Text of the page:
Homegrown: Phoenix, Oregon Rises Like a Well-Made Pizza Crust
It’s not Hollywood, but it’s so Oregon, which is even better, right?
No car chases, nobody dies, and no guns. How awesome!
Phoenix, Oregon is a fun, low-key “Zen-of-making-pizza-pies” kind of movie with an unusual shoot-out of the bowling kind. This 108-minute flick about hope was produced by Gary and Anne Lundgren, who live in Ashland and write, produce and direct films together like Calvin Marshall.
For local Oregonians, Phoenix, Oregon sums up the Rogue Valley—misguided bosses and low-paying jobs, but also filled with extremely passionate people who still have hopes, dreams and inner foodies willing to stand their ground.
Bobby, played by James Le handles the role of a brooding, pessimistic middle-aged male annoyingly well. And like many of the same real life middle-agers, he has other interests and dreams covered up by his growing pile of life circumstances. It’s like when you are standing in line for coffee before you go to your unfulfilling job feeling stuck and then you catch a glimpse of your reflection in the glass pastry case and remember, “I used to be really good at…”
Instead of remaining settled in a life that underwhelms, Jesse Borrego (Carlos), Bobby’s lifelong “Bro,” nudges him toward a different possibility; one that reminds him of a younger version of himself, and which leads to new adventures and old demons (or aliens in this case) to confront. Borrego has many acting roles under his belt; most notably as Jesse Velasquez from the TV-show Fame. In this movie, he also inspires and demonstrates true friendship.
Kyle (Diedrich Bader) and Al (Kevin Corrigan) provide comic relief in a battle of who can rile up Bobby the most and have middle-aged hair while doing it. You may remember Bader from Balls of Fury or Napoleon Dynamite. Corrigan made his film debut in 1989 in the film Lost Angels with Donald Sutherland. He has been in numerous independent films and is known for his over-the-top characters. Lisa Edelstein from “House” rounds out the cast with some pivotal decisions that twist the plot and make us hope that Bobby can get out of his own way.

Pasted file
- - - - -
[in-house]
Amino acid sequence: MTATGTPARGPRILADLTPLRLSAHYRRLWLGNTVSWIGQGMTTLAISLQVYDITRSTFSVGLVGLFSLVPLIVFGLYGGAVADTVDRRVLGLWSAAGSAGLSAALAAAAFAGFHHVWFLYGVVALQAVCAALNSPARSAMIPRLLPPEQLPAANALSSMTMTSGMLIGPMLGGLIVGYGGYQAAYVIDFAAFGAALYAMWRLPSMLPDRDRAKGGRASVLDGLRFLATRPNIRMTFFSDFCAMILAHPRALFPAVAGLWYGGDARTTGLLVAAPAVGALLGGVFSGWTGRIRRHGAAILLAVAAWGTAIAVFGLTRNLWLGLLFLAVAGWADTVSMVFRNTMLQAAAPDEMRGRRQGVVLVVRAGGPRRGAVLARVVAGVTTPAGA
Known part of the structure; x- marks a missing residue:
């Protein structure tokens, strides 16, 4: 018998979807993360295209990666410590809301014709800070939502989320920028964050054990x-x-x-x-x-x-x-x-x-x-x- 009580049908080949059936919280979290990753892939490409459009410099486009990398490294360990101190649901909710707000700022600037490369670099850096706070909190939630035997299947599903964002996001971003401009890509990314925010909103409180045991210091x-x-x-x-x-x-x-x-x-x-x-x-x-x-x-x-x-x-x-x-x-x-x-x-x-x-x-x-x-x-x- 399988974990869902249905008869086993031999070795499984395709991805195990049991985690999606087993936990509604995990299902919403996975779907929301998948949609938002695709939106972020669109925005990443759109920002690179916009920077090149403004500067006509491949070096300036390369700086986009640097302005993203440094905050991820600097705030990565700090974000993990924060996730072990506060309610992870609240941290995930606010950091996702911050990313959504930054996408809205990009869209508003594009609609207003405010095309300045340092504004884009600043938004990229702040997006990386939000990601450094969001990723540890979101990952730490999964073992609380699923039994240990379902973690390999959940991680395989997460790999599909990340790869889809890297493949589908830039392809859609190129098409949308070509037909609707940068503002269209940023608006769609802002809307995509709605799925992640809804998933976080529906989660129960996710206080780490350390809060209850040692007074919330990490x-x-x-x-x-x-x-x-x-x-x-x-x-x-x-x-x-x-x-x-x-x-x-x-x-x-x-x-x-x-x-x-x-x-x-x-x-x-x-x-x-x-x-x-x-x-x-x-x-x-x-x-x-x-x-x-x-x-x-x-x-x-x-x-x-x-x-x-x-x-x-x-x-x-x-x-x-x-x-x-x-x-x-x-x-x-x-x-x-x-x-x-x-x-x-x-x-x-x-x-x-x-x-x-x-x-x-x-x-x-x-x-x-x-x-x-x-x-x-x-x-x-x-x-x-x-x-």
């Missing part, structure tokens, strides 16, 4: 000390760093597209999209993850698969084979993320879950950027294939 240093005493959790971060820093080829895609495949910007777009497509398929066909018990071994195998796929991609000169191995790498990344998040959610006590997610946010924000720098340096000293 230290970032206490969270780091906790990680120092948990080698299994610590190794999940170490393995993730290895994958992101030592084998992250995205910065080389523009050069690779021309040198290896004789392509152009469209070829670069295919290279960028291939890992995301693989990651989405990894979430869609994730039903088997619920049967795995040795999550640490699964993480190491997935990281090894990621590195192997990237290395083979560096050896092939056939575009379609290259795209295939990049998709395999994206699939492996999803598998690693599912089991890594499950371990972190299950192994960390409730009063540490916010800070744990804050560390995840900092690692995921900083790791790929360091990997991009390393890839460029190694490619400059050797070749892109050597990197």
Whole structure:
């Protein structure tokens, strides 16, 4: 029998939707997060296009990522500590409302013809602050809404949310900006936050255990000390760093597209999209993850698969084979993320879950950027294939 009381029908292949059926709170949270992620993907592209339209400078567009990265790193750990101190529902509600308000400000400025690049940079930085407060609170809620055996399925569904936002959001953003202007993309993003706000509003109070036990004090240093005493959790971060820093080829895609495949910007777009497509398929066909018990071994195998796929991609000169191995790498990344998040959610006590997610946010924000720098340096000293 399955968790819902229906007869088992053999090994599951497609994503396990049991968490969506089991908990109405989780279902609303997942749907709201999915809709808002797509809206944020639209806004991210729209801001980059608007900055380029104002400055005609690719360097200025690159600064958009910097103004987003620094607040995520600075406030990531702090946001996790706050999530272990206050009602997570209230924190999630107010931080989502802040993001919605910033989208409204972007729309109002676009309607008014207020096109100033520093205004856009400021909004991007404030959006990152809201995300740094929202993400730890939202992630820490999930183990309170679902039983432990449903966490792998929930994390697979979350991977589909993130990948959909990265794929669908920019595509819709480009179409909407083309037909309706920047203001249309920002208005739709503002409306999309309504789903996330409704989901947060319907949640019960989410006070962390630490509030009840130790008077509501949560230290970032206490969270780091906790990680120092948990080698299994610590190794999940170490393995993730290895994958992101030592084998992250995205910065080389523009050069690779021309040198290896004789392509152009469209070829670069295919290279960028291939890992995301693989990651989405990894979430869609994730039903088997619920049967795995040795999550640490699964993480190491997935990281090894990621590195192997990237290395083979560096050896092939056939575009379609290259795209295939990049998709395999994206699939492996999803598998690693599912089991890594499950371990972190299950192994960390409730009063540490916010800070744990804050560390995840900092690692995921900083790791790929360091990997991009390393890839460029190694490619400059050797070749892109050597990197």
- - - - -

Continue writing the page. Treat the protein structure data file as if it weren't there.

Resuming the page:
When I asked Luis Rodriguez, producer along with Anne Lundgren, his thoughts on the making of the movie, he said: “Gary had a clear vision of this story of friendship and maintaining optimism is the midst of mid-life struggles. Cast, crew, and an entire community rallied behind him to make the vision come to life. We couldn’t be happier with film and know audiences will enjoy watching it.”
After a successful showing at the Ashland Independent Film Festival this year, it is time to release this hometown fun to the rest of the Rogue Valley. If you like Oregon and bowling, this movie is a strike. If not, well, check out the Lundgren’s other films like Redwood Highway or Black Road. To check out the release on May 17, visit the Varsity Box Office to reserve your tickets.
Friday, May 17
Varsity Theatre, 166 E. Main Street, Ashland